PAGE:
A varying bunch of us seniors have been studying literature together for two years. Our class is part of the Osher Lifelong Learning Institute at the University of Georgia, which offers classes, clubs and social events for mature adults.
We just read A Good Man Is Hard to Find, a short story by Flannery O’Connor, first published in 1953 when she was 28 years old, then again in a book of the same name in 1955.
The story involves a deadly confrontation in rural Georgia between a criminal, The Misfit, and a family heading to vacation in Florida. The final scene portends Christian salvation juxtaposed with violence and death, and redemption occurs in so ordinary a way as to invite us to reflect on our own prospects.
The plot involves an Atlanta, Georgia, family with a husband, Bailey, his wife, and their three children. Also part of the family is the grandmother, Bailey’s mother, who is a meddling, self-centered old woman bent on control. She wanted the family to vacation in Tennessee, not Florida. From news reports of an escaped murderer, The Misfit, on the loose in southern Georgia, she cautioned her son about heading south, “I wouldn’t take my children in any direction with a criminal like that aloose in it. I couldn’t answer to my conscience if I did.” But the family kept its Florida plan.
The grandmother hid her cat in a basket and sneaked it into the car against her son’s wishes. She chattered constantly in the back seat, pointing out scenery and admonishing her grandchildren toward one or another improvements in their characters.
On the way she recalled an old house on a dirt road and manipulated the family into turning to go see it. While riding along the dirt road she had picked, the grandmother remembered the old house was actually in Tennessee, not Georgia, and the memory so embarrassed her that she moved suddenly, unsettling the cat. It sprang into the open and landed on Bailey’s shoulder. He swerved into the ditch, and the car rolled over and stopped.
As the family recovered from the accident, The Misfit and his cohorts drove slowly along the road and into the story with guns ready. The grandmother recognized him and began to plead through flattery, “You wouldn’t shoot a lady, would you? … I know you’re a good man at heart. I can just look at you and tell. … I just know you’re a good man. You’re not a bit common!”
After a brief reconnoiter, the criminals led the father and son to the woods to be shot. Next, the mother, baby and daughter were led to the woods and shot.
At the end, the grandmother and The Misfit were alone in the ditch, and she continued to wheedle, “You’ve got good blood!. I know you wouldn’t shoot a lady! I know you come from nice people! Pray! Jesus, you ought not to shoot a lady. I’ll give you all the money I’ve got!”
She tried to bring The Misfit to Jesus and coaxed him to pray for help—but to no avail. In a final redemptive moment, the grandmother’s head cleared for an instant; she saw The Misfit’s face “twisted close to her own,” and she murmured, “Why, you’re one of my babies. You’re one of my own children!” She reached out and touched his shoulder. He sprang back, shot her three times in the chest and she died with her legs crossed under her.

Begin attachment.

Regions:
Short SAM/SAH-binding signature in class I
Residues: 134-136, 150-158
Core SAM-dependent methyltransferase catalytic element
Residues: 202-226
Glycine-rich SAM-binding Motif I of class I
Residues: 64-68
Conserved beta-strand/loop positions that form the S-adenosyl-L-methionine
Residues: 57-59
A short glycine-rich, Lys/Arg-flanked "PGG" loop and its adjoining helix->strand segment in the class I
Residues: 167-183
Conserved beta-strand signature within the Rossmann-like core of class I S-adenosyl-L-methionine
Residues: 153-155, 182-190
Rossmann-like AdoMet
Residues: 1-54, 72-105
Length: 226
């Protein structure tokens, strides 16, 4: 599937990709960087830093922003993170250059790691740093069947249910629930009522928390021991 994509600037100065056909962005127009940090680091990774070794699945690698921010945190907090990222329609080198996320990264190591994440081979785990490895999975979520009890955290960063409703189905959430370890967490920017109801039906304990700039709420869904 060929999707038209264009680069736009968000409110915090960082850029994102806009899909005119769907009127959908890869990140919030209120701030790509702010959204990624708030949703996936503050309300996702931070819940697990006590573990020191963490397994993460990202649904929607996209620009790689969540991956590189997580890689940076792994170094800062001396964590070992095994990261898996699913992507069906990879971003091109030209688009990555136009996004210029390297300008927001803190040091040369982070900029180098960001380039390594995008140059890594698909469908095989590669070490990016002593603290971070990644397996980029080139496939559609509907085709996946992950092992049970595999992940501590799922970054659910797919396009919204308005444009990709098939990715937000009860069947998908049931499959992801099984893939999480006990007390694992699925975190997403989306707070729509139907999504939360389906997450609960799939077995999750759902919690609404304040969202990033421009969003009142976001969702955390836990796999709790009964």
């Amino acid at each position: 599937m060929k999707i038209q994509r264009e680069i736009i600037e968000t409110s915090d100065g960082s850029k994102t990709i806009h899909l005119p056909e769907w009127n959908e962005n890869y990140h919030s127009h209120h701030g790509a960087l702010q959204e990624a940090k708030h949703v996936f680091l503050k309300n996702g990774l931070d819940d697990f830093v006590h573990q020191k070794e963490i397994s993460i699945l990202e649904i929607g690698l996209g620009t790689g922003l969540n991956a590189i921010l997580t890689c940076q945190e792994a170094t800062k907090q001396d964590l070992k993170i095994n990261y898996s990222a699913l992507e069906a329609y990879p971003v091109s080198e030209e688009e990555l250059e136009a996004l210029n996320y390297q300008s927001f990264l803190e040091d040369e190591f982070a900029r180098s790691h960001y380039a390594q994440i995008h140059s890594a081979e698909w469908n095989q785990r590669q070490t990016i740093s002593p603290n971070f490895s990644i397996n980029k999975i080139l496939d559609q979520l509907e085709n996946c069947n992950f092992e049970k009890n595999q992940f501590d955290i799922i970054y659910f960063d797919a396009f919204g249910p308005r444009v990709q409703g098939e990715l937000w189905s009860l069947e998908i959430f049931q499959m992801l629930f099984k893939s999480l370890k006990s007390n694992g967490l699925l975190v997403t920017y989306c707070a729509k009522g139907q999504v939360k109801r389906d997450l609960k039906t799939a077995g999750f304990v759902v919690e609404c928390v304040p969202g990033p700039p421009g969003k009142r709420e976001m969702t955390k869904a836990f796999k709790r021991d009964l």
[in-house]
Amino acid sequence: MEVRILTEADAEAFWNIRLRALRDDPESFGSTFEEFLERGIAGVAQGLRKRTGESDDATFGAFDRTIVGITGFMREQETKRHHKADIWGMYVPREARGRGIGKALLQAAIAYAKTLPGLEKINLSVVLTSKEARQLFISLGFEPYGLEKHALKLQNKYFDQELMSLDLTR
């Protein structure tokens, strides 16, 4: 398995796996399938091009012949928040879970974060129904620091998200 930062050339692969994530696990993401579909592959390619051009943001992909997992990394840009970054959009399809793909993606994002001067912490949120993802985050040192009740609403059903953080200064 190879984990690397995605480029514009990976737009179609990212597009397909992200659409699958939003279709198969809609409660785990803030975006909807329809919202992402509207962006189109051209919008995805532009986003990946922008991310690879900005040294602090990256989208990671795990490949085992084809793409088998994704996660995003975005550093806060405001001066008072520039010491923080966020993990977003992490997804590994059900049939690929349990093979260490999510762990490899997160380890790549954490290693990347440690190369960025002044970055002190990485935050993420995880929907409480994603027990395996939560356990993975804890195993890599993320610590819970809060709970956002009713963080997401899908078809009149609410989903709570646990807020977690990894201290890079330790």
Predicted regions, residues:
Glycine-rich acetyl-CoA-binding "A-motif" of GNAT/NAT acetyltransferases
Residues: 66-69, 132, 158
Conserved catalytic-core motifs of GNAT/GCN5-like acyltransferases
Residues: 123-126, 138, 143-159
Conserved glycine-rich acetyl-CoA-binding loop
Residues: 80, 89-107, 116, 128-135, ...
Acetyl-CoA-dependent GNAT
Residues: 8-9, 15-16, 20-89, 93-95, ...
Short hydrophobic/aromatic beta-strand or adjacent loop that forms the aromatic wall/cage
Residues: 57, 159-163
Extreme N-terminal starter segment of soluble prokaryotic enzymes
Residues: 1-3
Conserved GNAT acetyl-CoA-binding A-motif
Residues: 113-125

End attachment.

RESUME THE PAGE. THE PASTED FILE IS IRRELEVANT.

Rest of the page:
In that clear-headed instant the grandmother saw kinship with her murderer, extended a touch of recognition and compassion, and finally died on the cross of her own legs.
O’Connor is known as a “Catholic” and “Southern” writer who dealt frequently with Christian themes involving colorful Southern characters. She believed that her religious convictions freed her to observe the world as it is. By knowing why she existed—to participate slowly in Christ’s redemption— she didn’t constantly adore an over-inflated ego. She wrote in an essay, The Church and the Fiction Writer, that a fiction writer “cannot move or mold reality in the interests of abstract truth. The writer learns … to be humble in the face of what-is” (O’Connor, 808).
In this story, the grandmother redeemed herself in honesty and compassion, but only at the edge of death. Until the final moments, she was preoccupied with pressing her desires, first on her family, then on The Misfit. Her moment of clearheadedness—perhaps a moment of grace—appeared suddenly without explanation.
How can we see the world clearly? Are we living in elaborate weaves of desire and ego, seeing mostly what we want, being with others for our own ends? Our own redemption, it seems, lies in answering these questions repeatedly through days, weeks, and years of practice.
We will see clearly and live compassionately when we shrink our egos and lace our desires into a timeless fabric of idealized Christian living, a fabric we weave decision-by-decision through all the smallness of daily life. That is the truthful and compassionate living O’Connor refers to, I think, by “… our slow participation in [Christ’s redemption]” (O’Connor, 809).
Older people often live out patterns of behavior that strengthen with age. A manipulative old woman may grow more so over time. If our patterns involve overripe desires and strong egos, as in the case of the grandmother, we will likely need special effort to limit our egos and follow a path like Christ’s—one of truth and compassion. Or there may be no redemption until the moment of ultimate clarity—when we face death.
O’Connor, Flannery: Collected Works. Edited by Sally Fitzgerald. New York: LIterary Classics of the United States, Inc., 1988.